A 2007 study found about one preschooler in 70 was taking a psychiatric drug, such as a stimulant, an antidepressant, a mood stabilizer, an antipsychotic, or an antianxiety drug, says Mark Olfson, M.D., a Columbia University psychiatrist and researcher.
While some doctors have been prescribing drugs to treat attention deficits and depression in very young children for more than a decade now, the use of antipsychotics to counter irritability and aggression in this age group is new.
The change may be part of a larger trend of prescribing drugs -- for any condition -- to children. More than a quarter of U.S. kids and teens now take regular medication, according to Medco Health Solutions, Inc., the biggest U.S. pharmacy-benefit manager.
In spite of the growing number of young kids taking psychiatric drugs, these medications (with a few exceptions) are not specifically approved by the Food and Drug Administration for use in children under age 6. Why? Because little is known about how they affect the tiny brains and bodies of young children.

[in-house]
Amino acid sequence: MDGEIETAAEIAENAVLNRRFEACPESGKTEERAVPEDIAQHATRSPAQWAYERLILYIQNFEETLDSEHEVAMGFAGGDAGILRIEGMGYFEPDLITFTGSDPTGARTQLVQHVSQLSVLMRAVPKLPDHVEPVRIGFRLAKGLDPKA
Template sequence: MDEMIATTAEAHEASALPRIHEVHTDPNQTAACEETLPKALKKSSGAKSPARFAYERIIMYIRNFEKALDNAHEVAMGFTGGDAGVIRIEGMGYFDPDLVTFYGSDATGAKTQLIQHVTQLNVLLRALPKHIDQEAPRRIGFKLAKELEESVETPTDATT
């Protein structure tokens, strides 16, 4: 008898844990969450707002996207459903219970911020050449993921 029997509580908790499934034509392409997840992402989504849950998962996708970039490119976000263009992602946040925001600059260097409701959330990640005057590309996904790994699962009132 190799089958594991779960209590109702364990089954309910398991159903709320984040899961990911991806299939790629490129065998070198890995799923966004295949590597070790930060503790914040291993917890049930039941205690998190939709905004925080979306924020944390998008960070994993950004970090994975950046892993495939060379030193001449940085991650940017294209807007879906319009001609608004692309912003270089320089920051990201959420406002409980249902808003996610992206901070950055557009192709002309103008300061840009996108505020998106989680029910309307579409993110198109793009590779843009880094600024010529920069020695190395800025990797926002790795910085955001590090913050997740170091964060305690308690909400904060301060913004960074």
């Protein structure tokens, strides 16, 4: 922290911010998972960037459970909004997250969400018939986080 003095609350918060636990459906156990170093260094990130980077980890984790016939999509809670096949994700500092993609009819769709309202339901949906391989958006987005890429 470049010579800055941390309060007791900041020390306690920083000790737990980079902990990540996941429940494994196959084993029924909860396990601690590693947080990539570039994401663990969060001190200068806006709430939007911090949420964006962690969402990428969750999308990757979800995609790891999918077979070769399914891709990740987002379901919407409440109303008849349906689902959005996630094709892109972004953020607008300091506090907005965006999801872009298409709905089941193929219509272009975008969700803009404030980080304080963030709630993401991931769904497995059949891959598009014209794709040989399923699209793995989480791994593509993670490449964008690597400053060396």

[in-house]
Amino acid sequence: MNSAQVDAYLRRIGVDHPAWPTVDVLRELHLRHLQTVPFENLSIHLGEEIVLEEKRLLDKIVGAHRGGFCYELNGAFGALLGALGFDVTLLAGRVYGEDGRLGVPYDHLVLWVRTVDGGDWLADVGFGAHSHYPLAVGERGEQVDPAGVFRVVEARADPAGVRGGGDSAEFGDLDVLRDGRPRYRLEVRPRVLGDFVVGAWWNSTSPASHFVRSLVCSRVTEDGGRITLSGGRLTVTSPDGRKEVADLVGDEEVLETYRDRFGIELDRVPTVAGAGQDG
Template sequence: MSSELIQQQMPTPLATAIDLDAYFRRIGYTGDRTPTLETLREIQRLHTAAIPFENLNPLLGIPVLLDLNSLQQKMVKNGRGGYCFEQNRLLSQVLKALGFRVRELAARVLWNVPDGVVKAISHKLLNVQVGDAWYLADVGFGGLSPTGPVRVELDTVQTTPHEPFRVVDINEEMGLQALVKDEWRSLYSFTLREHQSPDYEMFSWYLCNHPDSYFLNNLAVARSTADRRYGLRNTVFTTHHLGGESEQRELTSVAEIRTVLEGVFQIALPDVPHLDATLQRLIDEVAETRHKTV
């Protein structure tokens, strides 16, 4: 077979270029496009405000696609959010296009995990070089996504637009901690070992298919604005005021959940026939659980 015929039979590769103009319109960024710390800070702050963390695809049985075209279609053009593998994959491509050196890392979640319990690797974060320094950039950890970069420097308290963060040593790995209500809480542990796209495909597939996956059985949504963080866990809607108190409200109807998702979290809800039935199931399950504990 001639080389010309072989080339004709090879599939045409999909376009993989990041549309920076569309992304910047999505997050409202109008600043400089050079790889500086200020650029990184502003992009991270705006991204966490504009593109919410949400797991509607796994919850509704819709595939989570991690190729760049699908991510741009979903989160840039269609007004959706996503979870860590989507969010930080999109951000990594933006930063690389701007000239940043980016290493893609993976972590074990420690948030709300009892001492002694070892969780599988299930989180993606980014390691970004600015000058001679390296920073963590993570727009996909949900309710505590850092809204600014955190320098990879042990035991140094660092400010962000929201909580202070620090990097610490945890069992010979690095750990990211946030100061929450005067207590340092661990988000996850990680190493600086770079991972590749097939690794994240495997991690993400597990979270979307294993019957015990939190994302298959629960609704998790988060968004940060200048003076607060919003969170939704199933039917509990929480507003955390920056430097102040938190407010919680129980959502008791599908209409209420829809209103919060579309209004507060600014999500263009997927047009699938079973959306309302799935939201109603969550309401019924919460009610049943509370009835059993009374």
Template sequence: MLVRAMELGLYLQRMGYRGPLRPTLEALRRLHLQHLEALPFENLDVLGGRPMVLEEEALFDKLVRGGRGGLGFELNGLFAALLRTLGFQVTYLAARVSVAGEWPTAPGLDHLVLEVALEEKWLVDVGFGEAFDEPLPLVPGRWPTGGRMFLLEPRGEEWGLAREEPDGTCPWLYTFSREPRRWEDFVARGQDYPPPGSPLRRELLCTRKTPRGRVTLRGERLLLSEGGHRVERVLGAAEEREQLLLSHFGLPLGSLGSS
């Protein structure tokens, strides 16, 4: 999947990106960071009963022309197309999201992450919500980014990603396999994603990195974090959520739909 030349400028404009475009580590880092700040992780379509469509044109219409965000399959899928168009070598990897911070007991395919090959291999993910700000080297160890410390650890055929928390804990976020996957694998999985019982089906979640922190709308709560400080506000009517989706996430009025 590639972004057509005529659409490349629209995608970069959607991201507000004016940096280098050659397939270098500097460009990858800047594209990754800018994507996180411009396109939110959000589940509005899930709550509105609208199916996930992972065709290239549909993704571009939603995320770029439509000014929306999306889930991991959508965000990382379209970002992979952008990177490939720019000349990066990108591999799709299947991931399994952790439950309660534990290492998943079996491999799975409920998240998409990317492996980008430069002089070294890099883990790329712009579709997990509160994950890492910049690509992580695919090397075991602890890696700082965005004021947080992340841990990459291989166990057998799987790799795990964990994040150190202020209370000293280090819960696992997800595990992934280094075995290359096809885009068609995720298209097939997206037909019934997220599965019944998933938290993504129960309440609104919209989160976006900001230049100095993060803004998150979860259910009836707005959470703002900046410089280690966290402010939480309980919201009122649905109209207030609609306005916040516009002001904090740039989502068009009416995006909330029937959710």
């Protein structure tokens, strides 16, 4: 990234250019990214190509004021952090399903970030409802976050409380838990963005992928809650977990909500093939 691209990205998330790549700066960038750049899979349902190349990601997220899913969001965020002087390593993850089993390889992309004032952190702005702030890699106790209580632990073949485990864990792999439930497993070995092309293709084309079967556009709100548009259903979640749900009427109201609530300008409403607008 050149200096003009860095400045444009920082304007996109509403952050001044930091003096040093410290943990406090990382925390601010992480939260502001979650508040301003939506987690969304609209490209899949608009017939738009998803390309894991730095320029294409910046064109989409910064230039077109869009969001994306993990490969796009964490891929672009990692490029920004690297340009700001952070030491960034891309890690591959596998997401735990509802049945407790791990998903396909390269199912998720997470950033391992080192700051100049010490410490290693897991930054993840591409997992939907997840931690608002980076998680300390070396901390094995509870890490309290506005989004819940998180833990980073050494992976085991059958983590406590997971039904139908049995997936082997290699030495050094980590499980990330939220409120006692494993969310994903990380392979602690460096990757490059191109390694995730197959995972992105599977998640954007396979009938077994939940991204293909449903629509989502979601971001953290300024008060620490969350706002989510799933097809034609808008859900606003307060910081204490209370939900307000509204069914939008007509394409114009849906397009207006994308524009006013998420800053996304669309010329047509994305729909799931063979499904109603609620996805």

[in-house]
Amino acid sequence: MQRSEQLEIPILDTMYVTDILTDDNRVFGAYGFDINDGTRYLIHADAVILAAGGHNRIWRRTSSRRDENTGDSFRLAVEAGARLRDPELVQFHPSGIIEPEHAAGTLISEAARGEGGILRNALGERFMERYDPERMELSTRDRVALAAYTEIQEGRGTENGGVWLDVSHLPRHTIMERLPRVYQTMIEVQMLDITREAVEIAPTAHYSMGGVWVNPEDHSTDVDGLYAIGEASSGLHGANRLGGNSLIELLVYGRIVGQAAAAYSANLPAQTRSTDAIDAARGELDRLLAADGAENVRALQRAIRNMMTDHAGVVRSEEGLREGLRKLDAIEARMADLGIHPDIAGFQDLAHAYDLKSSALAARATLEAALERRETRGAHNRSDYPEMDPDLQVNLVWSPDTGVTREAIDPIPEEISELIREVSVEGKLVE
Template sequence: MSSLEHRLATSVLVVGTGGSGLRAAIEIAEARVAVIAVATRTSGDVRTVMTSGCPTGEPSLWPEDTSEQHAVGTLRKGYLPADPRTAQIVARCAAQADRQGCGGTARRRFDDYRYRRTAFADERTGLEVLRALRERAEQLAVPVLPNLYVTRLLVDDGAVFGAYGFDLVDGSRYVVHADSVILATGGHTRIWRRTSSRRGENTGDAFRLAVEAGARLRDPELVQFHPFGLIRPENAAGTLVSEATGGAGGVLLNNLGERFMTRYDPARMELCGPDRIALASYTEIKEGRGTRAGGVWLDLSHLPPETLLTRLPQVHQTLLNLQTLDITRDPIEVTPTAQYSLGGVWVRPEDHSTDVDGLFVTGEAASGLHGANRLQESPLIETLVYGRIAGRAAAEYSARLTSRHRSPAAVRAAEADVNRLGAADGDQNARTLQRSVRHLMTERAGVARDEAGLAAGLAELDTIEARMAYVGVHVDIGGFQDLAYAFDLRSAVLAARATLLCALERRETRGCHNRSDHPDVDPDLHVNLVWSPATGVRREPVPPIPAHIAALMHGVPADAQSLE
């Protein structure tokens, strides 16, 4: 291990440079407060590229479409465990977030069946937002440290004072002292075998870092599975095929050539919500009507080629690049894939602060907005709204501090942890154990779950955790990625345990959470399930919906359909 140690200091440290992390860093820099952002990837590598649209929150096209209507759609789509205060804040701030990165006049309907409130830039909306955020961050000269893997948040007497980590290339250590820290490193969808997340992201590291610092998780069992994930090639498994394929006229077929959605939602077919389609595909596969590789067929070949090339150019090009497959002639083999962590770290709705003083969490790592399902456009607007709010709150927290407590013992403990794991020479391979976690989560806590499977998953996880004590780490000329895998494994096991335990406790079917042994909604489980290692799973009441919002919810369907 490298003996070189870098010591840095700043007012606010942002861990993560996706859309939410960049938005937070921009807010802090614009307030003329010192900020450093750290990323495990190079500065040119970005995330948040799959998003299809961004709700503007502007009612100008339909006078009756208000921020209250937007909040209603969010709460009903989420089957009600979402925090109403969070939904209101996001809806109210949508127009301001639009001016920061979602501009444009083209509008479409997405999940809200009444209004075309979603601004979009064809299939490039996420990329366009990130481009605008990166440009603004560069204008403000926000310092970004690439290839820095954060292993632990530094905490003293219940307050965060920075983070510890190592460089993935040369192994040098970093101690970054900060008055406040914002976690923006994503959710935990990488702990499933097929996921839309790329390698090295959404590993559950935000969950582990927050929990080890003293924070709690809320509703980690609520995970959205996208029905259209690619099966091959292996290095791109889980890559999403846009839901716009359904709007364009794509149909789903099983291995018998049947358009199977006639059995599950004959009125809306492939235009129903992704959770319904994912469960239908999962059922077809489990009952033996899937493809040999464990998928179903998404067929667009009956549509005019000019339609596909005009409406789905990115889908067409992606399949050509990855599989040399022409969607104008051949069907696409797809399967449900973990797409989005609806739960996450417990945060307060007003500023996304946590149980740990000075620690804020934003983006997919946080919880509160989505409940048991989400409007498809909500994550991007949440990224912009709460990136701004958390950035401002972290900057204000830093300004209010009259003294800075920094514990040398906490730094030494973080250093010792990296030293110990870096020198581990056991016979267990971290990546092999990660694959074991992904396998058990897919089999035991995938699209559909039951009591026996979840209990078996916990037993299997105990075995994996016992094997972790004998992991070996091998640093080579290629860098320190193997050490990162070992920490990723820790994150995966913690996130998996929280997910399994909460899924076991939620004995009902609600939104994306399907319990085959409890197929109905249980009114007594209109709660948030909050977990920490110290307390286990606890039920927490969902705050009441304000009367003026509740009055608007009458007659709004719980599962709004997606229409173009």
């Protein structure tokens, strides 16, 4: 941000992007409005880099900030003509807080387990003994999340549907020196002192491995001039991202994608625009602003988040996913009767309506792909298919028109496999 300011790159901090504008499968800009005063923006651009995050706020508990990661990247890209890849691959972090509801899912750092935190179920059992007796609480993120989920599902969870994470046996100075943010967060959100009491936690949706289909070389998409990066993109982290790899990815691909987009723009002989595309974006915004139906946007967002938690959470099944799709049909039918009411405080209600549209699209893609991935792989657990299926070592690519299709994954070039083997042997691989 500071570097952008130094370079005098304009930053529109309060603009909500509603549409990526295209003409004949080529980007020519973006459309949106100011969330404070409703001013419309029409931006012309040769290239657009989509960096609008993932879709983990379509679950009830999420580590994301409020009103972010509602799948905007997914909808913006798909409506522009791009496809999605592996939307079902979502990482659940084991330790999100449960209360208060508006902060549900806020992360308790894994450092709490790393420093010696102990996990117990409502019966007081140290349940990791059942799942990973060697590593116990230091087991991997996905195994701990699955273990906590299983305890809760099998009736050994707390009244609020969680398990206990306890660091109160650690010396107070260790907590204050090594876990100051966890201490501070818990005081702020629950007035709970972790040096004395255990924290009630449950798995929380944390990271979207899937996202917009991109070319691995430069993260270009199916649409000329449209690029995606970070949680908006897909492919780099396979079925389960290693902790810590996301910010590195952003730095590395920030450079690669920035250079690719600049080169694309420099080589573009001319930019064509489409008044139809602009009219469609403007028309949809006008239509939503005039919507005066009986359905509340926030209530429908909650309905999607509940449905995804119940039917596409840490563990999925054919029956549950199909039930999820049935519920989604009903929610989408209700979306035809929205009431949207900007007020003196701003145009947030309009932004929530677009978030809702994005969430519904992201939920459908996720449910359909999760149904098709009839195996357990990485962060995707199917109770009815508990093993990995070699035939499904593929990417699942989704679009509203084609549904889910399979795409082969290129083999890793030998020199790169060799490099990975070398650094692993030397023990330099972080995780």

"We have very little research to show how psychiatric medications affect the developing nervous system, for instance," says Dr. Olfson. "This is a concern."
What is known: Some medications carry significant side effects. Stimulants may be associated with a slower rate of growth when used consistently over several years. Antipsychotics are linked to rapid weight gain and metabolic and endocrine abnormalities.
In one study, kids ages 2 to 6 gained an average of 19 pounds in less than 12 weeks on one antipsychotic-drug regimen. But even with these side effects, doctors defend the drugs' use in the most severe cases.
"This doesn't mean children shouldn't be on these medications -- many have benefits that outweigh the risk of side effects," says Rachel Klein, M.D., director of the Anita Saltz Institute for Anxiety and Mood Disorders at New York University. "It does mean you need to be really careful to monitor kids who are on these drugs."